Gender (mind) Bender

I feel like I have finally read the essay that started it all. Since I started grad school, it has been literally impossible to avoid the influence of gender on historical studies. Many of the books we have read deal explicitly with gender and male-female power relations; even those that do not are subjected to criticism in our discussions, based on the exclusion of this discourse. It’s almost the easy way out, at this point—if you have nothing to say about a book, talk about how the author ignored gender.

Of course that’s not true in all cases, but my point is that gender is inescapable. I’m glad to have read Joan W. Scott’s “Gender: A Useful Category of Historical Analysis,” the piece widely credited with really starting the gender craze. It helped clear up some misconceptions I had; although it still seems to me that studies of “gender” typically revolve around women, I know now not to think of the two as interchangeable. (I actually learned this a little earlier in the semester, when I mistakenly referred to the gender class offered this semester as a “feminism class” and was gently corrected.)

So—gender is the hot thing at the moment, as far as I can tell. Scott’s article appeared in 1986; it’s been hot for a while. I hesitate to say that gender is overused, but I’m a firm believer in the adage “everything in moderation.”  As Joanne Meyerowitz writes in her essay “A History of ‘Gender,’” “Like all historiographic moments, this one, too, will no doubt pass” (1353). Maybe then we can move past viewing the study of gender as a novelty to be employed in every study and let it take its place as one of the many historical factors that are, as Scott would say, “useful,” not overpowering. Gender is a great tool, but, as Marxism and other theories that all once had their day in the sun remind us, there is no one “magic key” to understanding and studying history.

Although Scott’s original article was much easier to get through than some may have led me to believe (to be fair, as my colleague pointed out this morning, we did read Foucault last week…), her reexamination of gender and sex in “Unanswered Questions” (2008) left me a little baffled. And so I’ve posted my discussion questions for the class below—they’ll be on the Google Doc come Tuesday morning as well!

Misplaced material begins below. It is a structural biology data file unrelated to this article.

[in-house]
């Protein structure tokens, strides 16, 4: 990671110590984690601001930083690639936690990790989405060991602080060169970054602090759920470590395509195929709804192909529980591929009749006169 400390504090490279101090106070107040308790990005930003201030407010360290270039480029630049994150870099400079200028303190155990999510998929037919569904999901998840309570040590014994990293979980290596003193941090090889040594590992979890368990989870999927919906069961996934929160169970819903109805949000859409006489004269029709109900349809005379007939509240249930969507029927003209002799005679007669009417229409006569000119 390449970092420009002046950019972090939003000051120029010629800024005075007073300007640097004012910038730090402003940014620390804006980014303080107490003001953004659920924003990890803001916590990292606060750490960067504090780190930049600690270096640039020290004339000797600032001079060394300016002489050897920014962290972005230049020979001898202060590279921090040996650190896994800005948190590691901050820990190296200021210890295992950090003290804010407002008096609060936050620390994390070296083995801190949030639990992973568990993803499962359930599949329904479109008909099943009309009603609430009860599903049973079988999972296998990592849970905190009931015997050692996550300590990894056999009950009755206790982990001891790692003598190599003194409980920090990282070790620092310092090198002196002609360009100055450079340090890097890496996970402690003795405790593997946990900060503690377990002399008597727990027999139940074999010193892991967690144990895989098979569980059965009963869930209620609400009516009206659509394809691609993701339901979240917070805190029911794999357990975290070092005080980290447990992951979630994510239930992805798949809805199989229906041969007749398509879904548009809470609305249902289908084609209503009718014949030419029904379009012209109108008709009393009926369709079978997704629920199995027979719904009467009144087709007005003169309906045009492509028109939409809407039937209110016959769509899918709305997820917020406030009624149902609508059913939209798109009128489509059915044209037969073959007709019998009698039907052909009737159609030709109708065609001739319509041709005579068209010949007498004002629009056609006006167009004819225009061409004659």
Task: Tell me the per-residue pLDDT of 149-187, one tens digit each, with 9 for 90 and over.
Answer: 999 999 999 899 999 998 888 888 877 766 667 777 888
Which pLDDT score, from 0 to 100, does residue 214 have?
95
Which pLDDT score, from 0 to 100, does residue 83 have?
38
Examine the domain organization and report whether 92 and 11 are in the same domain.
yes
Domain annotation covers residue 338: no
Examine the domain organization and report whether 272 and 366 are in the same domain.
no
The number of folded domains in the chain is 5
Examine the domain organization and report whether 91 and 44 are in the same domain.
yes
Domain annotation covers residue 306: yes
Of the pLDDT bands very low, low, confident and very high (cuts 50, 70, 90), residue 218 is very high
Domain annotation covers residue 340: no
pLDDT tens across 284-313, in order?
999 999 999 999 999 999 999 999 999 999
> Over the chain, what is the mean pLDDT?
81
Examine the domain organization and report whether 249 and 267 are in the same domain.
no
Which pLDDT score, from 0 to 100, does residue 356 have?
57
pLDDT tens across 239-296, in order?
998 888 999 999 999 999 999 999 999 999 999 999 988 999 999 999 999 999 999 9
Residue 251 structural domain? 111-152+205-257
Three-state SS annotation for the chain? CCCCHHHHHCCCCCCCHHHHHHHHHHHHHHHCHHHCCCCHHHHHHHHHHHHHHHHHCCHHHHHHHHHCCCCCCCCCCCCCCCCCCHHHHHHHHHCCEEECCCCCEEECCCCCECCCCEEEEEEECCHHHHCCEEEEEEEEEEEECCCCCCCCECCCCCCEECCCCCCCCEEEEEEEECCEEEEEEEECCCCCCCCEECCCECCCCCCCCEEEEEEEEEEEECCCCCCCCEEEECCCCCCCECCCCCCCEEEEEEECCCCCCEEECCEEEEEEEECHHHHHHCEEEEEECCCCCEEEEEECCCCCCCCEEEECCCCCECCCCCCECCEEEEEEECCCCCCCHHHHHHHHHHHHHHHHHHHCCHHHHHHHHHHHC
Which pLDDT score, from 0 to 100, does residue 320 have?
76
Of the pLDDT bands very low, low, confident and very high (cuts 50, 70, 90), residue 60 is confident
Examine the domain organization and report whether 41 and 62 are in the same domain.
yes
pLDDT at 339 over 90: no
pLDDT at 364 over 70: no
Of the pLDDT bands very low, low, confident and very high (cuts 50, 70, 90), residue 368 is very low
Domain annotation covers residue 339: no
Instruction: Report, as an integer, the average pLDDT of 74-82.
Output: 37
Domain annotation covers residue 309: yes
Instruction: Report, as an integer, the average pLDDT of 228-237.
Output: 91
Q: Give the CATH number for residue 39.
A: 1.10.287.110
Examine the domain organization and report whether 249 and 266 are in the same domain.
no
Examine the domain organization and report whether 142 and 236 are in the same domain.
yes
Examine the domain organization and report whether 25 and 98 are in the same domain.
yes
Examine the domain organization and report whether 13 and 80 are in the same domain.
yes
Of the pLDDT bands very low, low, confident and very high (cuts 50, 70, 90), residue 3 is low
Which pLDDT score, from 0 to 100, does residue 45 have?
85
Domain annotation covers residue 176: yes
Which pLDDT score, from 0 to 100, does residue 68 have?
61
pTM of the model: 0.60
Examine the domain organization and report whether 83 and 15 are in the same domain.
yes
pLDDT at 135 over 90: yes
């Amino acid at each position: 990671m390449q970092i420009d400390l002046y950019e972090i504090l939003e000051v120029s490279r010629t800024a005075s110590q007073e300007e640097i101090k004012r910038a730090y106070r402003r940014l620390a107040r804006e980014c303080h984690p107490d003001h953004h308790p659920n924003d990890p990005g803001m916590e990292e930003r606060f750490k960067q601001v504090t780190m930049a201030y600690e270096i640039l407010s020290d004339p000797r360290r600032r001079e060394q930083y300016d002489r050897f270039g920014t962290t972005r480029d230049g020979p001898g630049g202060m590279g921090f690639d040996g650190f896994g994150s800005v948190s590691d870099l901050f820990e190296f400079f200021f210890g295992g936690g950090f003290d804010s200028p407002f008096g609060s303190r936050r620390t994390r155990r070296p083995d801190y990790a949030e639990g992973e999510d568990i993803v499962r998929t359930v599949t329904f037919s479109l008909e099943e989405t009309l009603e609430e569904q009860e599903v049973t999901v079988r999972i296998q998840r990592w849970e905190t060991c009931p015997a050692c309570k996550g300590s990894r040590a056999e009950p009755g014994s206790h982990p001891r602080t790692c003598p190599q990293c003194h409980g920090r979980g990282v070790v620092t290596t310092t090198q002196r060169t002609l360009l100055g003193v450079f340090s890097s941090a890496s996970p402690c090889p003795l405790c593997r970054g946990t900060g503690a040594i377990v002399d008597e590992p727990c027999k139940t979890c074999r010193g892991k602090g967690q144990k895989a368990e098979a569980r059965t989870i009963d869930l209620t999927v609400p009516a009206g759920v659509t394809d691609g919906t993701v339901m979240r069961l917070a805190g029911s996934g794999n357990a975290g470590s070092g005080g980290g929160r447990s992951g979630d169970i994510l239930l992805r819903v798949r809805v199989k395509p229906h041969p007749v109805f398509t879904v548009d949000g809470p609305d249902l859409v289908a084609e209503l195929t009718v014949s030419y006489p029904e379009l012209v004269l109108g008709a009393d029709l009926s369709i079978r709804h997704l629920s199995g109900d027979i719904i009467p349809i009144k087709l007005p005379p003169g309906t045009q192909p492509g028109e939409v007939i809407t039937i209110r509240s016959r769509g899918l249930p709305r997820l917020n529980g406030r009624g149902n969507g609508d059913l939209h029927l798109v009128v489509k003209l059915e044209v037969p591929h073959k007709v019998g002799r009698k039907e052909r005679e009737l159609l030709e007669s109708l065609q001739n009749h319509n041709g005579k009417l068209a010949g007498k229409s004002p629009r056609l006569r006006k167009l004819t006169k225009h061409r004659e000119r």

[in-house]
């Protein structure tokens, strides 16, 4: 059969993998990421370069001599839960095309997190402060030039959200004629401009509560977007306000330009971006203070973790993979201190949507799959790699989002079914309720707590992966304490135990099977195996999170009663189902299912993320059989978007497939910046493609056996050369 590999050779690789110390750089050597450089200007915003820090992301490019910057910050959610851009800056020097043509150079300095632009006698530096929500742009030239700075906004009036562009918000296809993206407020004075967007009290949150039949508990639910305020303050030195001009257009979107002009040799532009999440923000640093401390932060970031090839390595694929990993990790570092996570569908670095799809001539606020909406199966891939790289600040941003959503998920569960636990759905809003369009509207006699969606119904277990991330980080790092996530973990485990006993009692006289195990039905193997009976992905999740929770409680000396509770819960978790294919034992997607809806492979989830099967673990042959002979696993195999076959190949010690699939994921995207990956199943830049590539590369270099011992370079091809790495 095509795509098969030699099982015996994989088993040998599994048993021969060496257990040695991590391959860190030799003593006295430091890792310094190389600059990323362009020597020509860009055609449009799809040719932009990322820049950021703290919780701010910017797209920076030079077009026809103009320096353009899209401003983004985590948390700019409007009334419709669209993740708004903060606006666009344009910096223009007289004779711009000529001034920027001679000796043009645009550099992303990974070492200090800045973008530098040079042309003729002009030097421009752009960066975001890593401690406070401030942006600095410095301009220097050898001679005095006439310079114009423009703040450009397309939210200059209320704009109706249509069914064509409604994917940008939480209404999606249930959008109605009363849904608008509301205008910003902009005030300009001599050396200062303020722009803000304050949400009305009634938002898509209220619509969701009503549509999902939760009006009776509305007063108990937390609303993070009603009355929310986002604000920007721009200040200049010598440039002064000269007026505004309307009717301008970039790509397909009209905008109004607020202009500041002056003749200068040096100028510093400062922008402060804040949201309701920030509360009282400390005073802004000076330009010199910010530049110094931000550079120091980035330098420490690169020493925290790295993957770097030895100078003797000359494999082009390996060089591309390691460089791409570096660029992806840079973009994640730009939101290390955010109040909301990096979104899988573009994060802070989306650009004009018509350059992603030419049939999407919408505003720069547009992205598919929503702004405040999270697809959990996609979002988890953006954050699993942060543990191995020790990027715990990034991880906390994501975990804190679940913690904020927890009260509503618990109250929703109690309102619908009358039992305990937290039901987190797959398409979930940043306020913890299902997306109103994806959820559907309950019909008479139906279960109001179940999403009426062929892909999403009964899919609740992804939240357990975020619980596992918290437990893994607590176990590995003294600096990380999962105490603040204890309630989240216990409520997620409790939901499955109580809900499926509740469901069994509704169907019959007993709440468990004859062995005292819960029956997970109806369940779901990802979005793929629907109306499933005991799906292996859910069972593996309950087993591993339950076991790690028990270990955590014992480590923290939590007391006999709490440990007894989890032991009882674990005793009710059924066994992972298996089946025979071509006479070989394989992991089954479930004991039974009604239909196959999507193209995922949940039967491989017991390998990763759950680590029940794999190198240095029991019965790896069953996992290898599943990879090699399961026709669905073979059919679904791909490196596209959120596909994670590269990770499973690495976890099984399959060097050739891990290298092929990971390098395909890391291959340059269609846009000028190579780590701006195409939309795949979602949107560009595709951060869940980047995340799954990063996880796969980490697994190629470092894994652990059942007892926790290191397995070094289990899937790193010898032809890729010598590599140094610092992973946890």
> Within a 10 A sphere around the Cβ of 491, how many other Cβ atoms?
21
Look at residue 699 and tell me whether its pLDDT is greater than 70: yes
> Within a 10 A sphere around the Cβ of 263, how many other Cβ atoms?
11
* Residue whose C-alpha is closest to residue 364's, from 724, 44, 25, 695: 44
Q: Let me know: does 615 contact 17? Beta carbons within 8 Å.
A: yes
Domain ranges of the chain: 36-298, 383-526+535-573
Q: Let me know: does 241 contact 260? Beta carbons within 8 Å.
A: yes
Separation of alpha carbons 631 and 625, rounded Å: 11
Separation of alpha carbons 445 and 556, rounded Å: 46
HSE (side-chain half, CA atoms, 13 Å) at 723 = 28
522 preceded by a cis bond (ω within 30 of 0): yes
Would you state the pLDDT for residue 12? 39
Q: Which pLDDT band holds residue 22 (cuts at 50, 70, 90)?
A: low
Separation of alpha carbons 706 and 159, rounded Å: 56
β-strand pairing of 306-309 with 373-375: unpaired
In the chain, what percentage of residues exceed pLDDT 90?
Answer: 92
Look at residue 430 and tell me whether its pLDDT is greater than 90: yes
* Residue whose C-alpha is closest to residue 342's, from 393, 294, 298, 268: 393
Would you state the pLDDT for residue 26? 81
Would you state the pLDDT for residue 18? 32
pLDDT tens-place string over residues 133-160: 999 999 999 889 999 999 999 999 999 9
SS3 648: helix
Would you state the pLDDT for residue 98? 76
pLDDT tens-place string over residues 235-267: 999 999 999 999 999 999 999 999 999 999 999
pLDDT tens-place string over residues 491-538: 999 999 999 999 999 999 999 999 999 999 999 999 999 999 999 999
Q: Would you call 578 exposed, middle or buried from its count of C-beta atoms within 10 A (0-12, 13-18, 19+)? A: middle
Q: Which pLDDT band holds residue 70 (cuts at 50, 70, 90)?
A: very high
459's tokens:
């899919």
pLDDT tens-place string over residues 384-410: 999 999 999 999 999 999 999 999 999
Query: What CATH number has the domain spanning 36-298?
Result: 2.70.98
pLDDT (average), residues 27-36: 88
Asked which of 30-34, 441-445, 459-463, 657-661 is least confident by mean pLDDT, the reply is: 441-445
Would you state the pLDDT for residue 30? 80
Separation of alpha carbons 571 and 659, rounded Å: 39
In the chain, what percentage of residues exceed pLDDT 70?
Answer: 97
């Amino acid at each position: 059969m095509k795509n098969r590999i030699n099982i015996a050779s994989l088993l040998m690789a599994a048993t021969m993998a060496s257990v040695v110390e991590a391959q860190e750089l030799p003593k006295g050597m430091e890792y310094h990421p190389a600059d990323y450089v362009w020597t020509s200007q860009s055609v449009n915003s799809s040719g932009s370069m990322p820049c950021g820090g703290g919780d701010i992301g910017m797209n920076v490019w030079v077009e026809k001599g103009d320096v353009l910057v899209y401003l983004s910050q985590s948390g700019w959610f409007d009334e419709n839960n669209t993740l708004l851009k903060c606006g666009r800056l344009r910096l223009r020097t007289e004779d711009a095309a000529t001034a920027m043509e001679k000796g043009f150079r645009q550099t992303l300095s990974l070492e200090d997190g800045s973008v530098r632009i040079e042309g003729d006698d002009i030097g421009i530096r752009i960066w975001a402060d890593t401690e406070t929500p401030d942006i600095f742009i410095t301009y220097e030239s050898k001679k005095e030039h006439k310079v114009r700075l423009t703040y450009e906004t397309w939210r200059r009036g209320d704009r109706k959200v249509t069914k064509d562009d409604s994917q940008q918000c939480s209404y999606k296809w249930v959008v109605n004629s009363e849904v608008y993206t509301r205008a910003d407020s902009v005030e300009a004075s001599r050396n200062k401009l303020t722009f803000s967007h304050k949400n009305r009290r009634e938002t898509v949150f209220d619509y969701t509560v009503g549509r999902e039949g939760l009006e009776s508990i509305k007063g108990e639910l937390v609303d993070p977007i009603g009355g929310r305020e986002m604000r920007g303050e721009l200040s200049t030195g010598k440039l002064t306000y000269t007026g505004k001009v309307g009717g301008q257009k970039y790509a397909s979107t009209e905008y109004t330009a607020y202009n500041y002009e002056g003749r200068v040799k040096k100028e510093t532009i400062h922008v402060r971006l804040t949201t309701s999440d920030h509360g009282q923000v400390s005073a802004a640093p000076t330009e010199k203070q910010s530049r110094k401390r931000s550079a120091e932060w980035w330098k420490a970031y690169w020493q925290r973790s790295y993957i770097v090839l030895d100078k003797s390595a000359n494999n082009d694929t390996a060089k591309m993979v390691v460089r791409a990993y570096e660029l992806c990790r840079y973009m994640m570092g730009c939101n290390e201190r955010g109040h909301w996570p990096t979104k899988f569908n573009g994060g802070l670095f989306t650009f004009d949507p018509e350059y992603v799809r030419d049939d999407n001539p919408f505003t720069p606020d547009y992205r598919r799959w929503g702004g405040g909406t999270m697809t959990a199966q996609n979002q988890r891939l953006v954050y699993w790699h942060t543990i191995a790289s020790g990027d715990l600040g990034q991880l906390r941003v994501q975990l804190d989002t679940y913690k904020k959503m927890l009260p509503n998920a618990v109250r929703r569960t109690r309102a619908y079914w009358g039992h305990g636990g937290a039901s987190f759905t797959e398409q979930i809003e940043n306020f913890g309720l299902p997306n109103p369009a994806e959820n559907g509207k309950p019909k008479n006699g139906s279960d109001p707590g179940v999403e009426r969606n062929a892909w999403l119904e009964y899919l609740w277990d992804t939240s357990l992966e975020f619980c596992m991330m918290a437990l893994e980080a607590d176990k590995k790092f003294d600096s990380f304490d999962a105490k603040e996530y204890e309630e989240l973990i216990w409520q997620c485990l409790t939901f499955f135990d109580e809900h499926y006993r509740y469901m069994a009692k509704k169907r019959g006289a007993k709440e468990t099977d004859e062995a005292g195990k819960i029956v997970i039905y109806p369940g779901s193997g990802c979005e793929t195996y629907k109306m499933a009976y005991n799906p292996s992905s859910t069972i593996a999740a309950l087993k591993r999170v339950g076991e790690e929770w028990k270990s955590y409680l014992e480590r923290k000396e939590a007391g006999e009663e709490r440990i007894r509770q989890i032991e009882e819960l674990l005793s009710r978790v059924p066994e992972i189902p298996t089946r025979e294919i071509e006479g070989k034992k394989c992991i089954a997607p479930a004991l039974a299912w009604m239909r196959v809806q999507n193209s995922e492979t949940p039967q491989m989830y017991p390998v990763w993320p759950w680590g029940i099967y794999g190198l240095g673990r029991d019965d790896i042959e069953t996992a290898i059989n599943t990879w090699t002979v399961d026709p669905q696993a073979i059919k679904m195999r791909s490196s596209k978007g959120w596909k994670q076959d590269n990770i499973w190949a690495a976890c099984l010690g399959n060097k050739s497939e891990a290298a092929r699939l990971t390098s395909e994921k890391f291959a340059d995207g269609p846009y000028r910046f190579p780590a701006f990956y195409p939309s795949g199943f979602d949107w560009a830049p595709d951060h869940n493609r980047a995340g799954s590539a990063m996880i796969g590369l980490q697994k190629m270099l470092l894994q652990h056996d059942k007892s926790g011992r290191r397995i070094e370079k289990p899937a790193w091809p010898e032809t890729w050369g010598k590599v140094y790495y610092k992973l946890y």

A History of “Gender” – Joanne Meyerowitz

Meyerowitz explores Joan Scott’s 1986 article in regard to its canonical status. She says that it has remained a seminal work mainly because of its influence on the field, as evidenced by the many works dealing with gender which were written following Scott’s article. The final paragraph sums up Meyerowitz’s point nicely.


One critic of Scott’s article said it “intellectualize[d] and abstract[ed] the inequality of the sexes.” Do you think this is true? Is that necessarily a criticism?

On page 1352, Meyerowitz writes that “As a measure of success, Scott’s essay increasingly served as a voice from the recent past stating eloquently what everybody, it seems, already knew.” For those of us reading “Gender” for the first time, did you find this to be true?

What do you think the legacy of “Gender” has been, or what do you consider its greatest influence in the years since its publication?


Unanswered Questions – Joan W. Scott

Scott complicates her current notion of gender by insisting that “the term gender is useful only as a question” and broadening her discussion of gender to include the terms and usage of “sex” and “women.”


What did you take as the main point of this essay?

Do you buy Scott’s claim that “There is no essence of womanhood (or of manhood) to provide a stable subject for our histories” (p. 1426)? How does this actually affect our study of history?

How does language/semantics affect historical discourse?

Scott talks about a history of “women.” What would that add to the field? She claims that “‘Women’ in the Middle Ages were not ‘women’ as we think of them today” (p. 1426). Is that valid considering that most Europeans at the time, for example, were illiterate and would have had little access to contemporary high theology and scientific thought?

What do you make of her final conflation of sex and gender as indistinct categories?


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